— edited from the Interior or Hidden Life (1844) Part 2, Chapter 10.
The life of those who dwell in the secret place of the Most High may be called a Hidden Life, because the animating principle, the vital or operative element, is not so much in itself as in another. It is a life grafted into another life. It is the life of the soul, incorporated into the life of Christ; and in such a way, that, while it has a distinct vitality, it has so very much in the sense, in which the branch of a tree may be said to have a distinct vitality from the root.
Wednesday, August 19, 2015
Crucifying Reliance on Our Own Works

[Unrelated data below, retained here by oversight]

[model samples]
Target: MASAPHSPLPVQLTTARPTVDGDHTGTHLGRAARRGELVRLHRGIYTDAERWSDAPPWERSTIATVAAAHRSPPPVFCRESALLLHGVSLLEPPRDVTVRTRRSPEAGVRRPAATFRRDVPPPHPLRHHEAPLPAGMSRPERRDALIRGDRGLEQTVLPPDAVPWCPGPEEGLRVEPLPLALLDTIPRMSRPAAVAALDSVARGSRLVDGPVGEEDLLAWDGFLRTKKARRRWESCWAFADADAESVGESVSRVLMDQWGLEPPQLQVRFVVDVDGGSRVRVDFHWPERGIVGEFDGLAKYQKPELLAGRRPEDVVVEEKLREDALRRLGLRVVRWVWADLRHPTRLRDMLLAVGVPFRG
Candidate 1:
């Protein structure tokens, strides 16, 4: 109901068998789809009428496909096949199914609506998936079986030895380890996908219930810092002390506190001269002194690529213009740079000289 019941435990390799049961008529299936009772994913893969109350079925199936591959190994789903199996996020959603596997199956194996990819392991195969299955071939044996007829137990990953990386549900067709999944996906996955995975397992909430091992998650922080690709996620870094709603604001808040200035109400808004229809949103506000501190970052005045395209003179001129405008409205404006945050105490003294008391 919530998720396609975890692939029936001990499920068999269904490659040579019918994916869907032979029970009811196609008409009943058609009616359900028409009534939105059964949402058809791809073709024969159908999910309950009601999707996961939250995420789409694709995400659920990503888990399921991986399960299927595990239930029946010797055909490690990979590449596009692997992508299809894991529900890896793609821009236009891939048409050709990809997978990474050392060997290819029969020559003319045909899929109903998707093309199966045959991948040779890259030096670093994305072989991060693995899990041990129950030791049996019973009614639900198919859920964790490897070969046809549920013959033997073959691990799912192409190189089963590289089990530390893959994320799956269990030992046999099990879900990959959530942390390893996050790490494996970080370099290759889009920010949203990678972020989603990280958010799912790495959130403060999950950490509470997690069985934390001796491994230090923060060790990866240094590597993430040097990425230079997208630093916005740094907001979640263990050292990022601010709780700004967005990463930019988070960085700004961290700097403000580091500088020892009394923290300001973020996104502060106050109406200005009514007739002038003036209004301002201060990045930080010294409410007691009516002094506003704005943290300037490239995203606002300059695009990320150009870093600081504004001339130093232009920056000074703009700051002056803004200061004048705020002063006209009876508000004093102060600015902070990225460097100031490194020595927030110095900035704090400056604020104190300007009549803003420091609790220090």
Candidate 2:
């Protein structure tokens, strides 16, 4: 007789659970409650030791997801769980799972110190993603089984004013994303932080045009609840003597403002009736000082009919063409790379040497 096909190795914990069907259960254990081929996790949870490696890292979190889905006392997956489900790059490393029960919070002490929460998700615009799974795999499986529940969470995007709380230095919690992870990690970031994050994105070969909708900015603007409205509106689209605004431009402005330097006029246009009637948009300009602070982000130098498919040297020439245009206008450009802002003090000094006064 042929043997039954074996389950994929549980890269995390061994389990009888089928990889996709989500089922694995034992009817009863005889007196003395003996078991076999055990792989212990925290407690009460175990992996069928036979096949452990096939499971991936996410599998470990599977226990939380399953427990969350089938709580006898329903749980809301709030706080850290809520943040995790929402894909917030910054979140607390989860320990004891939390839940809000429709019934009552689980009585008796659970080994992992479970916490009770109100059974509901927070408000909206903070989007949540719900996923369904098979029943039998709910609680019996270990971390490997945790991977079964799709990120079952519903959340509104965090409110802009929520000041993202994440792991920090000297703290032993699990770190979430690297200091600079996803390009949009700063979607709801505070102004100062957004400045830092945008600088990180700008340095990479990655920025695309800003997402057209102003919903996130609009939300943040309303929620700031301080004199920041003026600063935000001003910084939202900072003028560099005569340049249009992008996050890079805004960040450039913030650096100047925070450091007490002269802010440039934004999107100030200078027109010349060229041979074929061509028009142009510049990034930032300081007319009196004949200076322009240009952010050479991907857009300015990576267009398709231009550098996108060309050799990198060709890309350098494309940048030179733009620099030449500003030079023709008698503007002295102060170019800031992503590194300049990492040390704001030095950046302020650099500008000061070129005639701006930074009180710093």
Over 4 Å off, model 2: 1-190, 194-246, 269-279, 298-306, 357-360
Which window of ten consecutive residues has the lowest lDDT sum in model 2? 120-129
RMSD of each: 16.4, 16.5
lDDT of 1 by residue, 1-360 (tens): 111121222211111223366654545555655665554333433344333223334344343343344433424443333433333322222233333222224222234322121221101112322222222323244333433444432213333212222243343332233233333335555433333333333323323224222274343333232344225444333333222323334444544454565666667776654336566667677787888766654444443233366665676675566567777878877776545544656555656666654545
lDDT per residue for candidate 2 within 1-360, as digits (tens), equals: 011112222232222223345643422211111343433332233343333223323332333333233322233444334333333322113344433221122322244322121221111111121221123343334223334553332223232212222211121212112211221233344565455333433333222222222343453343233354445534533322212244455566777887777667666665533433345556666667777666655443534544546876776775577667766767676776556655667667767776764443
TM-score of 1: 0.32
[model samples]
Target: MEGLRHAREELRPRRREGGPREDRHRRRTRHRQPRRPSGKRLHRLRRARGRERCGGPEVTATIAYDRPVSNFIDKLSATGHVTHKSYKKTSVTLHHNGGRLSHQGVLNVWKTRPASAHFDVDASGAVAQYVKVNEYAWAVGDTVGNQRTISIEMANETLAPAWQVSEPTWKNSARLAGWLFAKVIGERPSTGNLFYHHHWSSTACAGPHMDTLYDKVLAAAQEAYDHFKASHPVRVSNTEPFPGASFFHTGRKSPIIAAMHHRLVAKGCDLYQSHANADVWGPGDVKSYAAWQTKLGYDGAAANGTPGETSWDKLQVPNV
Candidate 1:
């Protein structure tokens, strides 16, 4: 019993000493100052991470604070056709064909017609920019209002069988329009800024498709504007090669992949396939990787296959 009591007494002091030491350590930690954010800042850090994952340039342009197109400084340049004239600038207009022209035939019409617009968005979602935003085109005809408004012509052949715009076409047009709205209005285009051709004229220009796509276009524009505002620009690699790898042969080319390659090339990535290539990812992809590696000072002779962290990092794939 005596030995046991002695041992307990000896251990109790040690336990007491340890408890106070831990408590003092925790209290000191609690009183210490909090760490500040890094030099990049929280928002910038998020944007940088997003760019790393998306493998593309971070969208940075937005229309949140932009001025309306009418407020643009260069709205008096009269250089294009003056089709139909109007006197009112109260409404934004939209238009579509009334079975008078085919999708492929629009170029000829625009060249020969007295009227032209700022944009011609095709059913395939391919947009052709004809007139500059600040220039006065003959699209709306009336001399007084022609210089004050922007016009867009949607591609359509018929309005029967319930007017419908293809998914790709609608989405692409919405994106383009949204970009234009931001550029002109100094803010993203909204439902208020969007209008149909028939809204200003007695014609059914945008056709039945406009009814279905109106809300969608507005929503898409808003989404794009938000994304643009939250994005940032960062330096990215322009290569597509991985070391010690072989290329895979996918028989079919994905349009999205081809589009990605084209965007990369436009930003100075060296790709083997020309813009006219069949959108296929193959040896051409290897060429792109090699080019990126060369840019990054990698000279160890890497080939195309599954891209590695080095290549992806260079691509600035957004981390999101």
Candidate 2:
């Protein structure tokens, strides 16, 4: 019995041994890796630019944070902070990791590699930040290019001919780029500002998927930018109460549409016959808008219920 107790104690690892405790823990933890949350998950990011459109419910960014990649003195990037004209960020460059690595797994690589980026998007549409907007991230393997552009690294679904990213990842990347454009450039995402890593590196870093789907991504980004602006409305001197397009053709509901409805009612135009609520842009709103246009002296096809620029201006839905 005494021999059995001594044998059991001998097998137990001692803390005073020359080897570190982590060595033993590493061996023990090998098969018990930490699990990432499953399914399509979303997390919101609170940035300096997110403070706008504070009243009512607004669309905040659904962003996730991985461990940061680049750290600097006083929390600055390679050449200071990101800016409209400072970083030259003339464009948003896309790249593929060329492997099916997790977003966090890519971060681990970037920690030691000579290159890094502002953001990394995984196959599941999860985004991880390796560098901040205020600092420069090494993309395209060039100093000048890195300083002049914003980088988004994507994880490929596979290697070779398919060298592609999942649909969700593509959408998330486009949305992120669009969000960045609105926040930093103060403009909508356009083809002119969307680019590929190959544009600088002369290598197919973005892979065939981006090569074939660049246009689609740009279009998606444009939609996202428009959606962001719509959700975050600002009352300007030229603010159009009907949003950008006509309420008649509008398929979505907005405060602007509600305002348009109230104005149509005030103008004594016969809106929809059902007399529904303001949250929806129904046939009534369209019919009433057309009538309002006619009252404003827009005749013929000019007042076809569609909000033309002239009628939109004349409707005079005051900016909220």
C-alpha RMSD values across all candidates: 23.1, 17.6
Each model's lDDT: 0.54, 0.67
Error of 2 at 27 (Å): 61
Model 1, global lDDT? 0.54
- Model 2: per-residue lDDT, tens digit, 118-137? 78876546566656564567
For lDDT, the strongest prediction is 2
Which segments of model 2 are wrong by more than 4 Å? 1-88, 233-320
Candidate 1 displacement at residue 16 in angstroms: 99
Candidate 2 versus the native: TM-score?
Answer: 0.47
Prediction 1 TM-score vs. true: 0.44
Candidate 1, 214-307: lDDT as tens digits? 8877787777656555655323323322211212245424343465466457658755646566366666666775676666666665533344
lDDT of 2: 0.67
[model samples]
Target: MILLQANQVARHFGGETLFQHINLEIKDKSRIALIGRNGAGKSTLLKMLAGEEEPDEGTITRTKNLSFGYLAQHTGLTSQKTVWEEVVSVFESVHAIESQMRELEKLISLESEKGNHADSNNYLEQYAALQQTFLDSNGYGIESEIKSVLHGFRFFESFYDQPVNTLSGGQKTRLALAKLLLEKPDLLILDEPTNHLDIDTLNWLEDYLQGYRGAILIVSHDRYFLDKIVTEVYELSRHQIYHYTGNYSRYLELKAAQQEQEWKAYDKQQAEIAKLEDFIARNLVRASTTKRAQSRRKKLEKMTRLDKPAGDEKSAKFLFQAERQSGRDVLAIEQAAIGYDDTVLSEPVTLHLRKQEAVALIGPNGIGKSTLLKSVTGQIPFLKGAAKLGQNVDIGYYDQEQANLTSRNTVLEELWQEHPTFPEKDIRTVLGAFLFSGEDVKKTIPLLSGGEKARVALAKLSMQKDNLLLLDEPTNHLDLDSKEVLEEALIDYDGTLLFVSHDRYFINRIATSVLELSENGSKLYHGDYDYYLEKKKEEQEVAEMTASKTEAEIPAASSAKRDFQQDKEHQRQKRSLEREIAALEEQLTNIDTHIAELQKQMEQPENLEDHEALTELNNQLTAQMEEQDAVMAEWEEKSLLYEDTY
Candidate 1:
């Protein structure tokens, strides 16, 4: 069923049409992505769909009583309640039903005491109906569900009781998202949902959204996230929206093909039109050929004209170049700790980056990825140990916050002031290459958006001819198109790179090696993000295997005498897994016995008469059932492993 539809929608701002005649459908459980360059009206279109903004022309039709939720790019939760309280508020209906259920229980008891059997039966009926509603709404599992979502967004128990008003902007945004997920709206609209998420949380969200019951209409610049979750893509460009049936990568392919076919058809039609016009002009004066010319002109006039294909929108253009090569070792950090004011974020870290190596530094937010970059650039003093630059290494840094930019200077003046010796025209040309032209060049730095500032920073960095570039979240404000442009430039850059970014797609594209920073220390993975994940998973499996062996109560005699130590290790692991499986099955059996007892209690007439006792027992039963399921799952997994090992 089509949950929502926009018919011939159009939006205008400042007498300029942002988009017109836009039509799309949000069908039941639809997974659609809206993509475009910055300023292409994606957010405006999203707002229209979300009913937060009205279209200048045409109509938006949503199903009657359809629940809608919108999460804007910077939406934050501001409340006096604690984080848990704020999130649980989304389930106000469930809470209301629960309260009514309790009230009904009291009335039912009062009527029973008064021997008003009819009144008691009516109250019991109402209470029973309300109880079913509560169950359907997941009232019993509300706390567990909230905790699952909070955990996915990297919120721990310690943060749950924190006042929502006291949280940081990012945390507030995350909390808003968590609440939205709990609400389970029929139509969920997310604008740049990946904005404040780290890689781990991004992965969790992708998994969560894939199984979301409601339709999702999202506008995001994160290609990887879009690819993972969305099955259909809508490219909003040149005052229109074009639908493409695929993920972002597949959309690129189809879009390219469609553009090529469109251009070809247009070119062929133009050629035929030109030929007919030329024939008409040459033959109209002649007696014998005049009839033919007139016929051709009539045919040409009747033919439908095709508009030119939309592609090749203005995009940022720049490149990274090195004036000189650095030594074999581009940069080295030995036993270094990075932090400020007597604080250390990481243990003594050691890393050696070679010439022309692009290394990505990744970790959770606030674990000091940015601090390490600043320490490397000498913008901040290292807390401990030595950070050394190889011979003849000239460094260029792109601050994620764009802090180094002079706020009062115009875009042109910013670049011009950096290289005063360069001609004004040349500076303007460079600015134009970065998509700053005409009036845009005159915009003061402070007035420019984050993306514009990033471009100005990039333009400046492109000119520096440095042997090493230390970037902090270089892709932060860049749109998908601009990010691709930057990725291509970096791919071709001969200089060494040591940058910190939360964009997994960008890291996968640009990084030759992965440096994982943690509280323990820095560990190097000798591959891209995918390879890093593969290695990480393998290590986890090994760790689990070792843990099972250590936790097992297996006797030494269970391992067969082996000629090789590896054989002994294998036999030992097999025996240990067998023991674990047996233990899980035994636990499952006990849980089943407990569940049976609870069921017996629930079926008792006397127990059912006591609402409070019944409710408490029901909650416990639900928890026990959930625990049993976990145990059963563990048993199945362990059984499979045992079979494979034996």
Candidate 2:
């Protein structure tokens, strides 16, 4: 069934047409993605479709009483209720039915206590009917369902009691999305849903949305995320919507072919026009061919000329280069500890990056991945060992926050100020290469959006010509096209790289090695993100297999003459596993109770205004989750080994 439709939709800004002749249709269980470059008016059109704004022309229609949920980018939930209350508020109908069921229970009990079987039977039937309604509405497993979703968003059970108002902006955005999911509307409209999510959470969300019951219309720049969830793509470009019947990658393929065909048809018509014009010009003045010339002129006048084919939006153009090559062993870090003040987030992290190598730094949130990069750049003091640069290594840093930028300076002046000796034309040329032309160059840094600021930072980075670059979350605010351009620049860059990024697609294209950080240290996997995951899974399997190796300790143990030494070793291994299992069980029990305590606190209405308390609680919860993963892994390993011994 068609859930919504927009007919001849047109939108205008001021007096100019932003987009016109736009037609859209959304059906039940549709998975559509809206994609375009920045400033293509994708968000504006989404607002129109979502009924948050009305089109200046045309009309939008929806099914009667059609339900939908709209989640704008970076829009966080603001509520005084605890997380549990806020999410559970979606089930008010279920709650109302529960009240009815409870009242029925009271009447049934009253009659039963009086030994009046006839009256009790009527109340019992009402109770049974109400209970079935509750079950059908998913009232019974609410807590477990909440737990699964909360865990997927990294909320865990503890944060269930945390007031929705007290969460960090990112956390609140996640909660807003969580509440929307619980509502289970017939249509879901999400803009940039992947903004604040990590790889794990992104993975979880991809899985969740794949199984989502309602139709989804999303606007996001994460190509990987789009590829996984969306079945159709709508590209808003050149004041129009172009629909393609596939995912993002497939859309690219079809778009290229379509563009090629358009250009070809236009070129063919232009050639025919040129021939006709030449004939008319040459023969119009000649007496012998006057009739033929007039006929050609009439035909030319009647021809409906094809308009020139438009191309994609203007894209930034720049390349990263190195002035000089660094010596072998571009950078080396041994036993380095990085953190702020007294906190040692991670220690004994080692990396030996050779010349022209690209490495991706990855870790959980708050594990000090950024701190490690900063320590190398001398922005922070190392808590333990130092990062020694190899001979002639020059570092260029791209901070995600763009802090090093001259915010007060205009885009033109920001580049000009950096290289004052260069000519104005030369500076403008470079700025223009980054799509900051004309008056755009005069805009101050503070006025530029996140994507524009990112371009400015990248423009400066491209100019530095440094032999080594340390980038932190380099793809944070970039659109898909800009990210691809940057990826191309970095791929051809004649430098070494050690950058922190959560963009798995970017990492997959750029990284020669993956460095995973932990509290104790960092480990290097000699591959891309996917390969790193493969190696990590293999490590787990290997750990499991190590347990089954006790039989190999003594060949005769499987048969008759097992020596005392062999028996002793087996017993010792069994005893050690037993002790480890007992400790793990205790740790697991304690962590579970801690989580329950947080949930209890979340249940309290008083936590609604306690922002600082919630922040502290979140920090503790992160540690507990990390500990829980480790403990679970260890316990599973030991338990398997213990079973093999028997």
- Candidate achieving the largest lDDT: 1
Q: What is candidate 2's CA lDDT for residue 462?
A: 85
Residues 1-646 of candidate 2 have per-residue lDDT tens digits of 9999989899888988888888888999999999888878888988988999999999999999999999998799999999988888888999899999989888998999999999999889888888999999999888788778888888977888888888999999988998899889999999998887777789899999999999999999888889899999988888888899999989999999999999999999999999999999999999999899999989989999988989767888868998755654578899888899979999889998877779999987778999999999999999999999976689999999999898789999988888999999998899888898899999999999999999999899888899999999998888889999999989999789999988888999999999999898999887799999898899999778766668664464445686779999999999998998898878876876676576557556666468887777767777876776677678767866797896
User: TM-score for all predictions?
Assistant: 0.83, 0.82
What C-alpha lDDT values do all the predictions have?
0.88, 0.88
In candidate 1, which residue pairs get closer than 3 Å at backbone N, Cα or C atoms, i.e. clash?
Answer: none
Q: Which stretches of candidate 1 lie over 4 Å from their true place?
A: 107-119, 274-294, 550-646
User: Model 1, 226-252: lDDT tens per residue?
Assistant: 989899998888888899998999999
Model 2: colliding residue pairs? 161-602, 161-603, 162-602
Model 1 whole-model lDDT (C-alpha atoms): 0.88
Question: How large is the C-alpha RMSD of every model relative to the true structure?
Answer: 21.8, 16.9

In the fulfillment of our personal consecration and in the further process of renunciation and excision, there must be a separation, a cutting loose from all reliance, as a ground of merit or of self-gratulation in any shape, on our own works. It is undoubtedly trying to unsubdued and selfish nature, to attach no value, considered as its own works, to what it fondly calls its good deeds; such as its outward morality, its attendance upon the institutions of worship, its study of the Scriptures, its visits to the sick, its charities to the poor, and other things of a similar nature. These things, it is true, are all good and desirable. We would not, by any means, speak lightly of them. It is perhaps difficult to value them too highly, if we ascribe them, as we ought to do, to the mere favor and grace of God. But by excluding the influence of the grace of God, and ascribing them to his own merit, it is easy to see that a man may make an idol of his good works, whatever may be their nature; and that he may, in the perversity of his spirit, fall down and worship them. We must be willing, therefore, to account our good deeds as nothing; and to regard ourselves, when me have done all in our power, as unprofitable servants; in order that Christ may be to us all in all.